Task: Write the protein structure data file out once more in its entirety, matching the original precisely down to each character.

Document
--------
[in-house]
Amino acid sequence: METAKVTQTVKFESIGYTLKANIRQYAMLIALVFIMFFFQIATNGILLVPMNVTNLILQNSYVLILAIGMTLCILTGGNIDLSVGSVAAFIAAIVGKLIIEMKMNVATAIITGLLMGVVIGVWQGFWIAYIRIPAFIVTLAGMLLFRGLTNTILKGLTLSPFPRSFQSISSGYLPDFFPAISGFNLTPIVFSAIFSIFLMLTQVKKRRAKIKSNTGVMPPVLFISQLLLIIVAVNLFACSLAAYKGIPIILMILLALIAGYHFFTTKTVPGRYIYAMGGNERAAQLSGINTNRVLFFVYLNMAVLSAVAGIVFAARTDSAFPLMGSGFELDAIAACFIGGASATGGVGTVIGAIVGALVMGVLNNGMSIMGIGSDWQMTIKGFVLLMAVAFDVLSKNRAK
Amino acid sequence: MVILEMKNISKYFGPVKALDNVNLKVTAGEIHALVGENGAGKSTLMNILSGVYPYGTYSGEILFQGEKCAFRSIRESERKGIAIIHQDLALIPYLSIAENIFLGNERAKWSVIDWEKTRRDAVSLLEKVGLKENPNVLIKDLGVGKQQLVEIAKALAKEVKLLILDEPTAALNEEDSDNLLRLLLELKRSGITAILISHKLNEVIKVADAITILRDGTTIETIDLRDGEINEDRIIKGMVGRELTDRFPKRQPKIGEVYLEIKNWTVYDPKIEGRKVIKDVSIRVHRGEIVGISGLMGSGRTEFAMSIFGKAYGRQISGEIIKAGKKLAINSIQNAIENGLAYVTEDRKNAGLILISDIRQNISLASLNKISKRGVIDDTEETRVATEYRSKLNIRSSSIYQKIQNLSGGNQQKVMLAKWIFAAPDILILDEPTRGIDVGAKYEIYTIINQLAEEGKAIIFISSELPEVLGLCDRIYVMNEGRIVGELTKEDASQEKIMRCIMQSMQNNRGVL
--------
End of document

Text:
[in-house]
Amino acid sequence: METAKVTQTVKFESIGYTLKANIRQYAMLIALVFIMFFFQIATNGILLVPMNVTNLILQNSYVLILAIGMTLCILTGGNIDLSVGSVAAFIAAIVGKLIIEMKMNVATAIITGLLMGVVIGVWQGFWIAYIRIPAFIVTLAGMLLFRGLTNTILKGLTLSPFPRSFQSISSGYLPDFFPAISGFNLTPIVFSAIFSIFLMLTQVKKRRAKIKSNTGVMPPVLFISQLLLIIVAVNLFACSLAAYKGIPIILMILLALIAGYHFFTTKTVPGRYIYAMGGNERAAQLSGINTNRVLFFVYLNMAVLSAVAGIVFAARTDSAFPLMGSGFELDAIAACFIGGASATGGVGTVIGAIVGALVMGVLNNGMSIMGIGSDWQMTIKGFVLLMAVAFDVLSKNRAK
Amino acid sequence: MVILEMKNISKYFGPVKALDNVNLKVTAGEIHALVGENGAGKSTLMNILSGVYPYGTYSGEILFQGEKCAFRSIRESERKGIAIIHQDLALIPYLSIAENIFLGNERAKWSVIDWEKTRRDAVSLLEKVGLKENPNVLIKDLGVGKQQLVEIAKALAKEVKLLILDEPTAALNEEDSDNLLRLLLELKRSGITAILISHKLNEVIKVADAITILRDGTTIETIDLRDGEINEDRIIKGMVGRELTDRFPKRQPKIGEVYLEIKNWTVYDPKIEGRKVIKDVSIRVHRGEIVGISGLMGSGRTEFAMSIFGKAYGRQISGEIIKAGKKLAINSIQNAIENGLAYVTEDRKNAGLILISDIRQNISLASLNKISKRGVIDDTEETRVATEYRSKLNIRSSSIYQKIQNLSGGNQQKVMLAKWIFAAPDILILDEPTRGIDVGAKYEIYTIINQLAEEGKAIIFISSELPEVLGLCDRIYVMNEGRIVGELTKEDASQEKIMRCIMQSMQNNRGVL